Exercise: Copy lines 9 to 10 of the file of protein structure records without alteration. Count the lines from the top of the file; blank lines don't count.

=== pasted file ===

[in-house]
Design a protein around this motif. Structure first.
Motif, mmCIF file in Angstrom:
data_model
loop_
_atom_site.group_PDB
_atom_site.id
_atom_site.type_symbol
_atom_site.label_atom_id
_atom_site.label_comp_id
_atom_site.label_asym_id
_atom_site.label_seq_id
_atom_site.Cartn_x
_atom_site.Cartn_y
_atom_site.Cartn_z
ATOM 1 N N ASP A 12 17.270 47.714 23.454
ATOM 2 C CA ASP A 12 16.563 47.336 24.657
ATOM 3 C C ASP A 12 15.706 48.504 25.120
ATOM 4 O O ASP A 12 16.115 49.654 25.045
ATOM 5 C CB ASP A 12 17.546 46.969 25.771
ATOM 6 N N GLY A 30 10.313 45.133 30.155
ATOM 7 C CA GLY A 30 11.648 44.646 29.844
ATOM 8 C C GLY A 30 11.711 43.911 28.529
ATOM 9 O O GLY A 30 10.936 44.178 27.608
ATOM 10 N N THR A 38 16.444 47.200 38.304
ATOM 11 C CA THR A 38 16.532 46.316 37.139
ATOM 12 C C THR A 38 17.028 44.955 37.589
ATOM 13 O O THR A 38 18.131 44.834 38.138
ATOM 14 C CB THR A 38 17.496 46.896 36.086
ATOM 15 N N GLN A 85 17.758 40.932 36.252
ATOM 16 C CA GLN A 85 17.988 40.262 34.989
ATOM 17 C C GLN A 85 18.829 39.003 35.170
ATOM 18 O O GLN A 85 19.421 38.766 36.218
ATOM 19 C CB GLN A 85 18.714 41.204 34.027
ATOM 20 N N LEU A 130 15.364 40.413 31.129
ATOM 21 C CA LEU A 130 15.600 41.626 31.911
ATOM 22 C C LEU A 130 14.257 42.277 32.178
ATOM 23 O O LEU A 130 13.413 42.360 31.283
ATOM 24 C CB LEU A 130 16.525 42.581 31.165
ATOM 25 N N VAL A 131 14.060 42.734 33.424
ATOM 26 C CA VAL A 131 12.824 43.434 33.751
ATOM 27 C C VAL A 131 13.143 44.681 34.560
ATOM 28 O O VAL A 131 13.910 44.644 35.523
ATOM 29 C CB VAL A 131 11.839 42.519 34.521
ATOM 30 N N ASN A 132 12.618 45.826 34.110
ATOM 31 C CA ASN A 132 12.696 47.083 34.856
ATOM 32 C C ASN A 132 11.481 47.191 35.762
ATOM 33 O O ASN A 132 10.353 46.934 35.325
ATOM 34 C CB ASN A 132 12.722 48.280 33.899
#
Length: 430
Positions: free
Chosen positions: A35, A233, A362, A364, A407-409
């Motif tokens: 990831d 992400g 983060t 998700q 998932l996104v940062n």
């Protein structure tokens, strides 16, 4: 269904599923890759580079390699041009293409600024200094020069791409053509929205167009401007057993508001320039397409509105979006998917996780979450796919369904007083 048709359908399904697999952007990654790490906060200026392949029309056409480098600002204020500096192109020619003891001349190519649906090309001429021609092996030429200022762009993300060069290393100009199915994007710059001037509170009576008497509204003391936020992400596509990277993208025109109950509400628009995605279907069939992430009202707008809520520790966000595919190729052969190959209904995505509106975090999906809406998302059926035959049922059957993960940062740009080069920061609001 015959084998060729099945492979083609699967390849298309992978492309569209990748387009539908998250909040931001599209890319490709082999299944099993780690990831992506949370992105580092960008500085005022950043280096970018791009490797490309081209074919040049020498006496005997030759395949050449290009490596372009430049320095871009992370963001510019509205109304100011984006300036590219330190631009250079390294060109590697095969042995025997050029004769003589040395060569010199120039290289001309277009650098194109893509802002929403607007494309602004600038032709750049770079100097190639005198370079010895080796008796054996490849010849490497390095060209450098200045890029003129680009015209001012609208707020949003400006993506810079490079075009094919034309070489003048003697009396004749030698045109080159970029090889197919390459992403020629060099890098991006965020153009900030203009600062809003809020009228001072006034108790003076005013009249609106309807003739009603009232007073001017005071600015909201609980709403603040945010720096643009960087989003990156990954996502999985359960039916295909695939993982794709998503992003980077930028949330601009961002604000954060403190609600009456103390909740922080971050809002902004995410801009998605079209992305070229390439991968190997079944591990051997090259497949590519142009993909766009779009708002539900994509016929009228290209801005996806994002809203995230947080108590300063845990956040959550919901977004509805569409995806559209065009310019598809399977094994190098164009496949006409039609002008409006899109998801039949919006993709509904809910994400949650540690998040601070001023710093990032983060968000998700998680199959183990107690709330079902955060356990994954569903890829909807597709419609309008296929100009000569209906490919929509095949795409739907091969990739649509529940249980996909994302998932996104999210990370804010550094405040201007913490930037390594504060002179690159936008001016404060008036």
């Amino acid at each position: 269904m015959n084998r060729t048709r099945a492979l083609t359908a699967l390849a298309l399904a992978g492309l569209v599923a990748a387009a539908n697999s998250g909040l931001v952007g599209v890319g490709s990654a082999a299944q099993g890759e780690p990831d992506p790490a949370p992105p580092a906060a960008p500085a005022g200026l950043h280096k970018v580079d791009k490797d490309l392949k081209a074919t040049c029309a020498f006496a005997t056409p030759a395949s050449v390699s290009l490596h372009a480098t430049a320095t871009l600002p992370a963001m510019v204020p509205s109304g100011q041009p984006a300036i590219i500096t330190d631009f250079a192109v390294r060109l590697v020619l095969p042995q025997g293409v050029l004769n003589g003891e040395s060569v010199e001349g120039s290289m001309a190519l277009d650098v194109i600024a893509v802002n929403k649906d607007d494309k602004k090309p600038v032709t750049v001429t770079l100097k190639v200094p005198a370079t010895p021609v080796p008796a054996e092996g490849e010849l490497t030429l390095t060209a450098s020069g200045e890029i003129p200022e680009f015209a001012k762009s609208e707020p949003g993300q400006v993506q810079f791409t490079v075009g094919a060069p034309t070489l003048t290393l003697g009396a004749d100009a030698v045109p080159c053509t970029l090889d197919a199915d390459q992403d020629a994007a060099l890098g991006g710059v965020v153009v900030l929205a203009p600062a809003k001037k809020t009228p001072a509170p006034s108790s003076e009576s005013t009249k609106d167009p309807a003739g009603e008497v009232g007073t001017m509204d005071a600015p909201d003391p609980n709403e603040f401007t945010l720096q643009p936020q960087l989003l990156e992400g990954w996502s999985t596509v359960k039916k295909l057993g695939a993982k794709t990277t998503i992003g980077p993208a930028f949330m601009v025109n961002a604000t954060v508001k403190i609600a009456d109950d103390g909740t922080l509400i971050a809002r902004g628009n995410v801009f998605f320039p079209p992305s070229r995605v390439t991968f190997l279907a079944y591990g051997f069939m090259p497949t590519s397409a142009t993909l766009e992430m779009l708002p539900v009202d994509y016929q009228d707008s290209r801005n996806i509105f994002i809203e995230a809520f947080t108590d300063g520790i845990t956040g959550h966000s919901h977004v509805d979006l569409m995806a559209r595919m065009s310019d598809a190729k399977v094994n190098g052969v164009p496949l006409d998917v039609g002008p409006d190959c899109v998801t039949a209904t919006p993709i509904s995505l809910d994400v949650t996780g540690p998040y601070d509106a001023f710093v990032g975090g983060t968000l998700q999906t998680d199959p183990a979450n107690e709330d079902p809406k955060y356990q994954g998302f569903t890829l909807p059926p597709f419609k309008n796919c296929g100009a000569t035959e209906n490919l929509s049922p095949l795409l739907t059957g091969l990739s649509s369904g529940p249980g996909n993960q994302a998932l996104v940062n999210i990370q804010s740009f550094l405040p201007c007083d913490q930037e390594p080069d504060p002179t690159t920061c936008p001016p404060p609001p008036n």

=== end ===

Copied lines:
_atom_site.label_atom_id
_atom_site.label_comp_id